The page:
Folic acid (pteroylglutamic acid) is a vitamin derived from many dietary sources. Folic acid is an important coenzyme for the transfer of single carbon units in purine and pyrimidine nucleotide synthesis and amino acid conversions. The site of absorption of dietary folate is the duodenum and upper jejunum. Deficiency of this enzyme results from inadequate intake (common among alcoholics and drug addicts), or increased requirement (pregnancy and hemolytic anemias), and results in a macrocytic anemia with oval-shaped macrocytes. The anemia of folate deficiency is identical to that caused by B12 deficiency; however, the neurologic damage associated with B12 deficiency is not present with folate deficiency. Other symptoms of folate deficiency include infertility, glossitis, stomatitis and intestinal malabsorption.

Associated lab abnormalities include the above-mentioned macrocytic anemia with a low reticulocyte index. Hyperbilirubinemia and an elevated serum LDH may be present. The diagnosis is firmly established by the presence of a low serum folate level. If the serum folate level is normal and folate deficiency is still suspected, a more sensitive test is the red blood cell folate level. Serum folate normalizes rapidly after dietary supplementation; however, red cell folate levels remain depressed for the life of the red blood cell.

When confusion exists between the diagnosis of folate or B12 deficiency anemia, measurement of serum or urinary homocysteine and methylmalonic acid levels may be helpful. B12 is essential for the conversion of homocysteine to methionine and for the conversion of methylmalonyl-CoA to succinyl-CoA. Folate is also necessary for the conversion of homocysteine to methionine but not for the conversion of methylmalonyl-CoA to succinyl-CoA. Therefore, an elevation in both homocysteine and methylmalonic acid is seen with B12 deficiency whereas folate deficiency results in an elevation of only homocysteine.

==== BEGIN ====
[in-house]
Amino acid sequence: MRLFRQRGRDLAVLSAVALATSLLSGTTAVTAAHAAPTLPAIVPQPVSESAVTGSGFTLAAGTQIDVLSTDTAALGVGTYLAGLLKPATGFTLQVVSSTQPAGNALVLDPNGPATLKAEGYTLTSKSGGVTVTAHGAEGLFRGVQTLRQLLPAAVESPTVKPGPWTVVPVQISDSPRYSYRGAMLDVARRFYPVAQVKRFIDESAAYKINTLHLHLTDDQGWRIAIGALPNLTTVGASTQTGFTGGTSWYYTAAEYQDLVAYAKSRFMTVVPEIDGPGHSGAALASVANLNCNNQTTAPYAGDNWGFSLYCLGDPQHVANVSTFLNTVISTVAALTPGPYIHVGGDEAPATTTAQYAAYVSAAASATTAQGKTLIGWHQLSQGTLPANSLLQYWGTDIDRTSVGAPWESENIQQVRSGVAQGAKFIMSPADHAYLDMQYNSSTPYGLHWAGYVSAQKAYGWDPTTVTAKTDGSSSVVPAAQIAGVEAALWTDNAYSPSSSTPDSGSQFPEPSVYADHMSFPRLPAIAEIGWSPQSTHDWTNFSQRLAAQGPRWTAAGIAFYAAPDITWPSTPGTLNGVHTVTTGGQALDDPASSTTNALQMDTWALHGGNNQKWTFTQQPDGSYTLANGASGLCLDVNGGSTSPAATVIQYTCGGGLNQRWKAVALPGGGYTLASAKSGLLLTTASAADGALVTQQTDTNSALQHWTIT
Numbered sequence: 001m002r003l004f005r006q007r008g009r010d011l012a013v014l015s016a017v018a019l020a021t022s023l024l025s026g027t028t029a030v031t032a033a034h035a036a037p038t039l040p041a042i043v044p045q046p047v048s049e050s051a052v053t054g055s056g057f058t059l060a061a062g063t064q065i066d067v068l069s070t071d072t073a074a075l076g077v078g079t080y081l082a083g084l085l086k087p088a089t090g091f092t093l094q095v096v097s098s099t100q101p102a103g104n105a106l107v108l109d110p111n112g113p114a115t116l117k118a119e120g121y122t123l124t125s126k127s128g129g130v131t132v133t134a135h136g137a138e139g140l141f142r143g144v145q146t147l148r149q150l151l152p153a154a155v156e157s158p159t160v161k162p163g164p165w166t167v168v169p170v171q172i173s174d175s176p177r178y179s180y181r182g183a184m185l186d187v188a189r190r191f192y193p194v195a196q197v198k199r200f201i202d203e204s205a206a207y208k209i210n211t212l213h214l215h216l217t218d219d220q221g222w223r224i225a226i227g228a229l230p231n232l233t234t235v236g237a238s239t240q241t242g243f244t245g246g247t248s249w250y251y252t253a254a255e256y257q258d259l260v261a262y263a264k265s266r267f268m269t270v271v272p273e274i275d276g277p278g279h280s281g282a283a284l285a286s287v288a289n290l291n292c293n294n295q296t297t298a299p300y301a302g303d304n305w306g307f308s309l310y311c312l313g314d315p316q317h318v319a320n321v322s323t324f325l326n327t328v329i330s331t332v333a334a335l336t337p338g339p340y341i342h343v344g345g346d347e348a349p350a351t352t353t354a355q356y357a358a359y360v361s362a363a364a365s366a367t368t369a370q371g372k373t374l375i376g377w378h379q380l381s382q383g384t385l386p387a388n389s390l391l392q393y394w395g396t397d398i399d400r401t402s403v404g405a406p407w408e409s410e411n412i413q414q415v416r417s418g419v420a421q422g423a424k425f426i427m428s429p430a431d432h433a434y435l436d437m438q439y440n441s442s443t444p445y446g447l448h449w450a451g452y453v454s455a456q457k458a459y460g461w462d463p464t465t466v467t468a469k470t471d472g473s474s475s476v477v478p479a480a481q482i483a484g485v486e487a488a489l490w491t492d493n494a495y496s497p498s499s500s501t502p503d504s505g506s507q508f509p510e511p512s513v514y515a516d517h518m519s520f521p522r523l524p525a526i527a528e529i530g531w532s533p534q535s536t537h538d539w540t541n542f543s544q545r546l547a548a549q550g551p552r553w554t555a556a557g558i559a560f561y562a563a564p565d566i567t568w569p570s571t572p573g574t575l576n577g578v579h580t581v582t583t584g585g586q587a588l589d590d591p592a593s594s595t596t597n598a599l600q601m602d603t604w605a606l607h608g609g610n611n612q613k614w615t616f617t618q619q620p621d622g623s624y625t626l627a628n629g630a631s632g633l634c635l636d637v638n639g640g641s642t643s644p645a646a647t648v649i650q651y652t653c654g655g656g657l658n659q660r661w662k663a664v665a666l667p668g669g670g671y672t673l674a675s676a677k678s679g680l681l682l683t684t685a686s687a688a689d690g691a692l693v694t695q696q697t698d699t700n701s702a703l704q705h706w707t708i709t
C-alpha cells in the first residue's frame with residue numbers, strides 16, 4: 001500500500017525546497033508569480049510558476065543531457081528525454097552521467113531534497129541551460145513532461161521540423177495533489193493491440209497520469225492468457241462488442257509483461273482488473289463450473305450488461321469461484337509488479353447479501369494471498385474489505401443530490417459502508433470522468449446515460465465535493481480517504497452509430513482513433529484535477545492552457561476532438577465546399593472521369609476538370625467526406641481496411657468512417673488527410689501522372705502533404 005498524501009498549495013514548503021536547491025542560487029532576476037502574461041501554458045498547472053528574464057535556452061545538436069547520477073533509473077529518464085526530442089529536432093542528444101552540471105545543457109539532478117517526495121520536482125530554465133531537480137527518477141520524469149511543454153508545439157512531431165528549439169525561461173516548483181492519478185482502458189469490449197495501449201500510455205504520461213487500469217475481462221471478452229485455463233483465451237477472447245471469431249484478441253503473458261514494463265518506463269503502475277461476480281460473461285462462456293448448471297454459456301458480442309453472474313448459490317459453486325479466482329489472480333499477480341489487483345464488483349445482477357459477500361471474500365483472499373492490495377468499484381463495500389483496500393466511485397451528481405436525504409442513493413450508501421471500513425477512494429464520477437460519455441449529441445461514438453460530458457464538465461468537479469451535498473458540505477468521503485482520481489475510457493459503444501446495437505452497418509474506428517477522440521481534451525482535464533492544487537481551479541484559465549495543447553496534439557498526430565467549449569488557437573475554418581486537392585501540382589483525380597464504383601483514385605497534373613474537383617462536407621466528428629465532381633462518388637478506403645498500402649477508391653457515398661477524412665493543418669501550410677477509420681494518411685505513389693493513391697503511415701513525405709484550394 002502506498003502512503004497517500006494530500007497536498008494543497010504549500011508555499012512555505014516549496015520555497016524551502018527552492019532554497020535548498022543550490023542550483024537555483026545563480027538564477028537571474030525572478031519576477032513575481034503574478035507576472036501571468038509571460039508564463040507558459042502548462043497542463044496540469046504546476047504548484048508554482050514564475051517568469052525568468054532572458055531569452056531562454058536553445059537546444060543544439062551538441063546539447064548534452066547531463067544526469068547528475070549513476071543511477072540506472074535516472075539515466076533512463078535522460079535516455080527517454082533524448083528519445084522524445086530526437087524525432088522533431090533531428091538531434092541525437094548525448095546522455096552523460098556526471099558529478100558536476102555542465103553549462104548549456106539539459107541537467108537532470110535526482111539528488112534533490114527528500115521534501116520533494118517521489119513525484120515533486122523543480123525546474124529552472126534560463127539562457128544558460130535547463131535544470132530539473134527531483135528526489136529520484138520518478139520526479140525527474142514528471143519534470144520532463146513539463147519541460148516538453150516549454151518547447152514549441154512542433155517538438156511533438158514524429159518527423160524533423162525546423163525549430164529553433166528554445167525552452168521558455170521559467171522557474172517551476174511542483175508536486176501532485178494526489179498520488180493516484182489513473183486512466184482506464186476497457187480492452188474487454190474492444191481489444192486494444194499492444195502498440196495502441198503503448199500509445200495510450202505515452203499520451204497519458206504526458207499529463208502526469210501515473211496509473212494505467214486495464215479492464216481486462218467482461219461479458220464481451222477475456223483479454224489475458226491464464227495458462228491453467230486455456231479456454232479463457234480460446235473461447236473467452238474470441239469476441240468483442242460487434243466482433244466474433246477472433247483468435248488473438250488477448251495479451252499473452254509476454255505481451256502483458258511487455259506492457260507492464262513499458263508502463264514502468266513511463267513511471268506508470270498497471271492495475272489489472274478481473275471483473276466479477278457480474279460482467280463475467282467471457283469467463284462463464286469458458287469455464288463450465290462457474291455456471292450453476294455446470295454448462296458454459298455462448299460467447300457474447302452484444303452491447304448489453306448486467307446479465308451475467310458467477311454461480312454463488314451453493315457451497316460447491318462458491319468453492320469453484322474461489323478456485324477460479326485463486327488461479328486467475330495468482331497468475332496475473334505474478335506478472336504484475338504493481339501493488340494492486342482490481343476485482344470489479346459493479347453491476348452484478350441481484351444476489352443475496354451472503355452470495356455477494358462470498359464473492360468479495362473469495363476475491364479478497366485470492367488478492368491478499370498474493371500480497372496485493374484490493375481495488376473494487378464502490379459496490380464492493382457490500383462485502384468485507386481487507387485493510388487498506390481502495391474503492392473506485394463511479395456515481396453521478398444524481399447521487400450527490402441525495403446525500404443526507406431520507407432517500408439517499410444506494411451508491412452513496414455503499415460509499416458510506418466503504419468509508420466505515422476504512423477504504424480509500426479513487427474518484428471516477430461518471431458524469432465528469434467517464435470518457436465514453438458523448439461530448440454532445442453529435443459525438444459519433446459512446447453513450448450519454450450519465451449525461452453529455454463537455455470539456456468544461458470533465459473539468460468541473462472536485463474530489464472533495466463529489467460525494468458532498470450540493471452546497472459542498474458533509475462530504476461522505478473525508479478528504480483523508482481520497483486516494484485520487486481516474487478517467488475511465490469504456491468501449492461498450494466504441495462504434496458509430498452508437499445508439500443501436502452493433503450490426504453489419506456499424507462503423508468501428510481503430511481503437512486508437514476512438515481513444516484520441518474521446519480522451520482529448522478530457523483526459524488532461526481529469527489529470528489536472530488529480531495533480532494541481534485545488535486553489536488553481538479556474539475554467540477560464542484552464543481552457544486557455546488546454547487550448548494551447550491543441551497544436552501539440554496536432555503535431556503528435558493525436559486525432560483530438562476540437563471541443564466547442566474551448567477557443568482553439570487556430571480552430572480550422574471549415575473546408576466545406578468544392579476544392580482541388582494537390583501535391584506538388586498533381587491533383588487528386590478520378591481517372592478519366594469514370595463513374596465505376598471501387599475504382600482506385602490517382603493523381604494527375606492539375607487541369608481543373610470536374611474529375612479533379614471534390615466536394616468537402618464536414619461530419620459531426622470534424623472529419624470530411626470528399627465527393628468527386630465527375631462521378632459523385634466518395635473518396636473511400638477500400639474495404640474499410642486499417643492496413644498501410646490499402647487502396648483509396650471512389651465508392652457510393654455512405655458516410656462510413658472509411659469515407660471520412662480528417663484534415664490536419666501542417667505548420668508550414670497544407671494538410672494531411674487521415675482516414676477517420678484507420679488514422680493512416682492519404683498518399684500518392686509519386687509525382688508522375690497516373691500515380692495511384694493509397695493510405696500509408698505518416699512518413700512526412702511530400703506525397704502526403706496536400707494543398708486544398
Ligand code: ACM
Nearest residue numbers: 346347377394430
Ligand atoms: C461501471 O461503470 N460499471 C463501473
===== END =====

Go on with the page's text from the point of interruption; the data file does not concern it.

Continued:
Folate deficiency may develop in patients on hemodialysis or in patients with chronic hemolytic states. Hemodialysis patients are prone to deficiency of this vitamin as folate is dialyzable. Therefore, patients on either hemodialysis or peritoneal dialysis should be on empiric folate replacement therapy as should patients prone to chronic hemolytic states.

Therapy for folate deficiency is oral replacement with folic acid 1 mg PO QD. Alcoholics sometimes require higher doses of replacement therapy with folic acid 5 mg PO QD.